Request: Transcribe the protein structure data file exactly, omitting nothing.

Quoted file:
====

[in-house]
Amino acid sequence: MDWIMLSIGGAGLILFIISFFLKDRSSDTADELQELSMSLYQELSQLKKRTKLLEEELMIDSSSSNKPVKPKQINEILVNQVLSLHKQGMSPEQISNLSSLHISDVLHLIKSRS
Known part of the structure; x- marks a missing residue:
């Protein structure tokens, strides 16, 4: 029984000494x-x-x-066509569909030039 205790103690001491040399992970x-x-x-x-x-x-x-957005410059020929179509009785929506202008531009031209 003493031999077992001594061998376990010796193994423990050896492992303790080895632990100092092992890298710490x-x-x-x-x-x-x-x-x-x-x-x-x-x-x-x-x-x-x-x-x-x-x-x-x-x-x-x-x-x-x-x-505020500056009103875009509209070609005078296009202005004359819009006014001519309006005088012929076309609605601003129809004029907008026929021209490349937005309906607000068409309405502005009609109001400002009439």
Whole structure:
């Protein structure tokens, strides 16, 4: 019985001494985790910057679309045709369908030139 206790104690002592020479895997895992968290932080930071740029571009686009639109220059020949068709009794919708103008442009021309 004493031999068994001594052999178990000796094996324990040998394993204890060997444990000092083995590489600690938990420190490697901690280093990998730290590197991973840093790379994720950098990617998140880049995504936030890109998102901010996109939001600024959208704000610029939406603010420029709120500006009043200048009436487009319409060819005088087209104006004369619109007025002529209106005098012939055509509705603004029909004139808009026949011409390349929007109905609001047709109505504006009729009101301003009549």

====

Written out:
[in-house]
Amino acid sequence: MDWIMLSIGGAGLILFIISFFLKDRSSDTADELQELSMSLYQELSQLKKRTKLLEEELMIDSSSSNKPVKPKQINEILVNQVLSLHKQGMSPEQISNLSSLHISDVLHLIKSRS
Known part of the structure; x- marks a missing residue:
């Protein structure tokens, strides 16, 4: 029984000494x-x-x-066509569909030039 205790103690001491040399992970x-x-x-x-x-x-x-957005410059020929179509009785929506202008531009031209 003493031999077992001594061998376990010796193994423990050896492992303790080895632990100092092992890298710490x-x-x-x-x-x-x-x-x-x-x-x-x-x-x-x-x-x-x-x-x-x-x-x-x-x-x-x-x-x-x-x-505020500056009103875009509209070609005078296009202005004359819009006014001519309006005088012929076309609605601003129809004029907008026929021209490349937005309906607000068409309405502005009609109001400002009439």
Whole structure:
């Protein structure tokens, strides 16, 4: 019985001494985790910057679309045709369908030139 206790104690002592020479895997895992968290932080930071740029571009686009639109220059020949068709009794919708103008442009021309 004493031999068994001594052999178990000796094996324990040998394993204890060997444990000092083995590489600690938990420190490697901690280093990998730290590197991973840093790379994720950098990617998140880049995504936030890109998102901010996109939001600024959208704000610029939406603010420029709120500006009043200048009436487009319409060819005088087209104006004369619109007025002529209106005098012939055509509705603004029909004139808009026949011409390349929007109905609001047709109505504006009729009101301003009549």